The Korea Herald


Chapman brothers’ cynical vision introduced in Seoul

By Lee Woo-young

Published : Aug. 27, 2013 - 19:58

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Jake Chapman (left) and Dinos Chapman pose at SongEun Art Space in Seoul. (SongEun Art Space) Jake Chapman (left) and Dinos Chapman pose at SongEun Art Space in Seoul. (SongEun Art Space)
British artists Jake and Dinos Chapman, brothers as well as artists, make their artworks as horrific and awful as possible.

They paint the faces of wealthy men in 19th century portraits, making them look decomposed with the deformed image revealing rotting veins and muscles underneath the skin. The portraits bought at an auction by the artists were redone to point out how futile their wealth and life has become as their paintings, once a symbol of wealth, ended up for sale.

The portrait is the latest works in the series “One Day You Will No Longer Be Loved” by the Chapman brothers and on display at the their first exhibition in Seoul.

The works seem disturbing, yet raise questions on the intention behind the gruesome images before the audience learns that they deal with such themes as war, genocide, death and capitalism.

Defying norms in art and design where artists work to accomplish a level of beauty, the Chapman brothers said: “What we have done is to avoid the notion that the work of art is necessarily universal…the idea that all works of art have to be necessarily beautiful and all works of art have to have redemptive meanings and all works of art have some positive views of the world,” in the press conference last Thursday at SongEun Art Space. 
“Unhappy Feet,” 2010 (Todd-White Art Photography) “Unhappy Feet,” 2010 (Todd-White Art Photography)

The exhibition displays “Unhappy Feet,” featuring innumerable miniatures of penguins that turn into predators and kill whales, polar bears and walruses in the South Pole. The adorable penguins in the movie “Happy Feet” are gone, but left with blood stains around their mouths, preparing to attack a polar bear.

Stating the images are actually “truthful projections of the world,” the artists have placed another installation piece next to the penguins’ slaughter. “No Woman No Cry” portrays the most disastrous images of war featuring Nazi soldiers, body parts, and skeletons still holding spears and guns.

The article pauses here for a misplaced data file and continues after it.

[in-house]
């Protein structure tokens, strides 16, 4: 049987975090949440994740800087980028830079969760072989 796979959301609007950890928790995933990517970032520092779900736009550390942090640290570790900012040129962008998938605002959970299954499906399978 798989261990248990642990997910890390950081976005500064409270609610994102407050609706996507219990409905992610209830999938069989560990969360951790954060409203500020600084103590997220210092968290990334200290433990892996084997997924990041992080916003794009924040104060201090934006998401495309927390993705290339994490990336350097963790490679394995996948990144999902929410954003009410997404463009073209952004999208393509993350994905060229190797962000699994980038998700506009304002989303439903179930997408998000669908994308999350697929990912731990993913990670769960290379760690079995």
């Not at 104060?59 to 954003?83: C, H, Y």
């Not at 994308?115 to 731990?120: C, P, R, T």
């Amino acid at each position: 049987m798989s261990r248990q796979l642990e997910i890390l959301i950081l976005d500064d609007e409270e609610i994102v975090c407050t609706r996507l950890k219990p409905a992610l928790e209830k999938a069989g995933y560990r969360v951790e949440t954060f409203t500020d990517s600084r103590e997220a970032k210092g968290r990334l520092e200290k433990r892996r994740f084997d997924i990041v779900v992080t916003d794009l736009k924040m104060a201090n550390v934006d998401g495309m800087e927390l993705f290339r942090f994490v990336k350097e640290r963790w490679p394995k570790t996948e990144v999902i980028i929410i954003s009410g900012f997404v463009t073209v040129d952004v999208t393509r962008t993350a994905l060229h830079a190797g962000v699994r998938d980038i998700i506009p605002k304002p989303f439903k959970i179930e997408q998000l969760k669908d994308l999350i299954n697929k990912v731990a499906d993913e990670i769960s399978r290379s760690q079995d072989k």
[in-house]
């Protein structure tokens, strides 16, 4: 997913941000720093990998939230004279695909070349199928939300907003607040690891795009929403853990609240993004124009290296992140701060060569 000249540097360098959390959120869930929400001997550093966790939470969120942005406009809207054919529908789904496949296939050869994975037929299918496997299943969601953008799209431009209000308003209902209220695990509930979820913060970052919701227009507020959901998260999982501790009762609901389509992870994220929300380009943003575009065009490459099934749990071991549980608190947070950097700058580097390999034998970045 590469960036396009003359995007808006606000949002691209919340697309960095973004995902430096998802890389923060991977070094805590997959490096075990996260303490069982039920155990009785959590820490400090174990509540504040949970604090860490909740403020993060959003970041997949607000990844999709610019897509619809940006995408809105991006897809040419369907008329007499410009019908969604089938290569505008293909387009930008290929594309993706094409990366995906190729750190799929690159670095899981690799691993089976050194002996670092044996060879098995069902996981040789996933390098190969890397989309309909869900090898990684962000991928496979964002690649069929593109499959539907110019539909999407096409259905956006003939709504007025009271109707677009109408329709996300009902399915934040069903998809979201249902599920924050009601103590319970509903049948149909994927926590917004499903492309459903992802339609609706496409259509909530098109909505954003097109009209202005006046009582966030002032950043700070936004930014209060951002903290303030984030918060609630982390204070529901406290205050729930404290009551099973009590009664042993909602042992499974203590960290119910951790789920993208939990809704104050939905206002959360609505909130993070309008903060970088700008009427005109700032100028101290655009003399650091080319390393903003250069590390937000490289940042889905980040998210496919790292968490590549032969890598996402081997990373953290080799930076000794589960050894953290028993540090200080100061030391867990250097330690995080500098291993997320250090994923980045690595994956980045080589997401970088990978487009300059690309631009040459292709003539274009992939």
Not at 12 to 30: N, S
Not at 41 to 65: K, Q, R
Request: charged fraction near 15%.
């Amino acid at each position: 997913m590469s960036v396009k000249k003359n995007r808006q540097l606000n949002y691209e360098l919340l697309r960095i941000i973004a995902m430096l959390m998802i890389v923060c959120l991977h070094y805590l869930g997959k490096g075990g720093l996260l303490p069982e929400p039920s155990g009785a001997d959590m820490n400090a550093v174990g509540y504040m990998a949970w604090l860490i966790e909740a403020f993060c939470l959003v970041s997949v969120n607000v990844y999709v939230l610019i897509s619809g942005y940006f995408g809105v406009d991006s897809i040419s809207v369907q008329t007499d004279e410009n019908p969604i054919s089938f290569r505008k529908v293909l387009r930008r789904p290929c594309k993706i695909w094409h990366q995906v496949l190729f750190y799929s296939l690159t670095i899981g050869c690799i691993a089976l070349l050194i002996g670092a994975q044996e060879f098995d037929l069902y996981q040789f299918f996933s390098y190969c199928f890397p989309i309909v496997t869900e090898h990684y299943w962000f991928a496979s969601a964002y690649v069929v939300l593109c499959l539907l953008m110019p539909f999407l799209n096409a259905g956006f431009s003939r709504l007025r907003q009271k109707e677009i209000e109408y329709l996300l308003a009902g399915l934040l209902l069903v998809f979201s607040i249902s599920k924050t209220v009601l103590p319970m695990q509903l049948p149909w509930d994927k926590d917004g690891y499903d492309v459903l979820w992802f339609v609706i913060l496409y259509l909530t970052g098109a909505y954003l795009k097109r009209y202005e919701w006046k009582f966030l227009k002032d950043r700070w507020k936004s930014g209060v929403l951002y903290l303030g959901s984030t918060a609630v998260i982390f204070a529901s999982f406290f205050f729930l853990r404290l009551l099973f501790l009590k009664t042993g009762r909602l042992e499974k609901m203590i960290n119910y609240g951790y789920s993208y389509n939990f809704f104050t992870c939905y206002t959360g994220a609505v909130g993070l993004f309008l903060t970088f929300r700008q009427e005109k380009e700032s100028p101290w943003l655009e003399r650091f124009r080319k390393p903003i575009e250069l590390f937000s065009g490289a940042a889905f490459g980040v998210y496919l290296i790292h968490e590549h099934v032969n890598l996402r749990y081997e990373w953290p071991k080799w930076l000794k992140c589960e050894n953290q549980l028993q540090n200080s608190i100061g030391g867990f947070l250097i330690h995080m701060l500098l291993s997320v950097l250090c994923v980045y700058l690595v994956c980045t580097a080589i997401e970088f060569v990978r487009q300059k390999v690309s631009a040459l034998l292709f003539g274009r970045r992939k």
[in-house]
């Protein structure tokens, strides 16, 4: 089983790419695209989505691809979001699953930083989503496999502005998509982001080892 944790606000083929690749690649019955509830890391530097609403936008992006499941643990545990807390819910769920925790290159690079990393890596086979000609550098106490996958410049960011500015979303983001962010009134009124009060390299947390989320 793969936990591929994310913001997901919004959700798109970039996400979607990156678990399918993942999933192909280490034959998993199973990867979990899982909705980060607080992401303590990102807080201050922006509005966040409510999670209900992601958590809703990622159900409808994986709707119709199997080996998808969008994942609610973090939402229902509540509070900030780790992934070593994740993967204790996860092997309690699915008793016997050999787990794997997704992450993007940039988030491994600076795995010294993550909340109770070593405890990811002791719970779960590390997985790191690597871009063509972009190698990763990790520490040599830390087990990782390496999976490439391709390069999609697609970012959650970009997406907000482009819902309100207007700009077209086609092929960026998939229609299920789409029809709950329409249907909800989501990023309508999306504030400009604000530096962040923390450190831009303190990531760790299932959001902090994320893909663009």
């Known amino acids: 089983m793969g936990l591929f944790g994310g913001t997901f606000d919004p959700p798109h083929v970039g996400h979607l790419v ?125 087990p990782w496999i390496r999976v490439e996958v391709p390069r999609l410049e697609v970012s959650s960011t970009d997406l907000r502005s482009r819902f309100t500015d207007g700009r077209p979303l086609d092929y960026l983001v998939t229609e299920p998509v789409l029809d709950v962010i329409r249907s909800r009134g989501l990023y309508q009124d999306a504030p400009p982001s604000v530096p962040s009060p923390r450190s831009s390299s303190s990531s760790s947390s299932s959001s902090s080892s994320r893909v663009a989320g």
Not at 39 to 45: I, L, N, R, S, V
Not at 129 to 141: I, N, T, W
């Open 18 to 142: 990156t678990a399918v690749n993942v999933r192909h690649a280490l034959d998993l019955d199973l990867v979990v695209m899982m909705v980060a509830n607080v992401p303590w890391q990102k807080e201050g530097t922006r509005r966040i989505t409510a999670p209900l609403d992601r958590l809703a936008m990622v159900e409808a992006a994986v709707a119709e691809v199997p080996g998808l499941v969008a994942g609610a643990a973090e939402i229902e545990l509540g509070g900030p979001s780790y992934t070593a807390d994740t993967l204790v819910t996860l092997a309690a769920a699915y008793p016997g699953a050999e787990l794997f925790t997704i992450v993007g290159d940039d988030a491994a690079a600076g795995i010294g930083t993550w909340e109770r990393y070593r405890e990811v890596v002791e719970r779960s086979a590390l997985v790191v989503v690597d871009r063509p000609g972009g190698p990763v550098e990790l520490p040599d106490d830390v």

“It takes a great leap of faith to interpret the world as a positive domain where everything is just nice and fluffy….the world is just a mass of cynical, pessimistic energy colliding with base materials matter in a pointless, utterly and futile purposeless reaction that will end in death and the extinction of living organisms and obliteration,” said Jake during the press conference.

The tormenting images have their basis in the cynicism of Northern Europe and various religious factors, according to the artists.

Cynicism prevails in the section of the gallery that presents a horror version of fairytales for children. “Bedtime Tales for Sleepless Nights” exhibits horrific illustrations and sentences that no parents in the world would tell their children, indicating the brother’s doubt of children’s naivete, much like their doubt about the idealistic representation of artwork.

Children sculptures on the first floor of the gallery are evidence of their point of view, but humor shows this time. The children in black sweatshirts and pants look aged 7 or 8. One has to step closer to discover the twists and humor the artists planted: their faces wear ugly masks of ducks, rats and the logo on their sweatshirts says “Nothing They Teach Us.”

“The reason we are interested in making art is that it’s an invasive activity. It’s possible to be political in a way which is not political,” said the brothers.

The exhibition “The Sleep of Reason” continues through Dec. 7 at SongEun Art Space, Apgujeong-ro, Seoul.

For more information, call (02) 3448-0100.

By Lee Woo-young (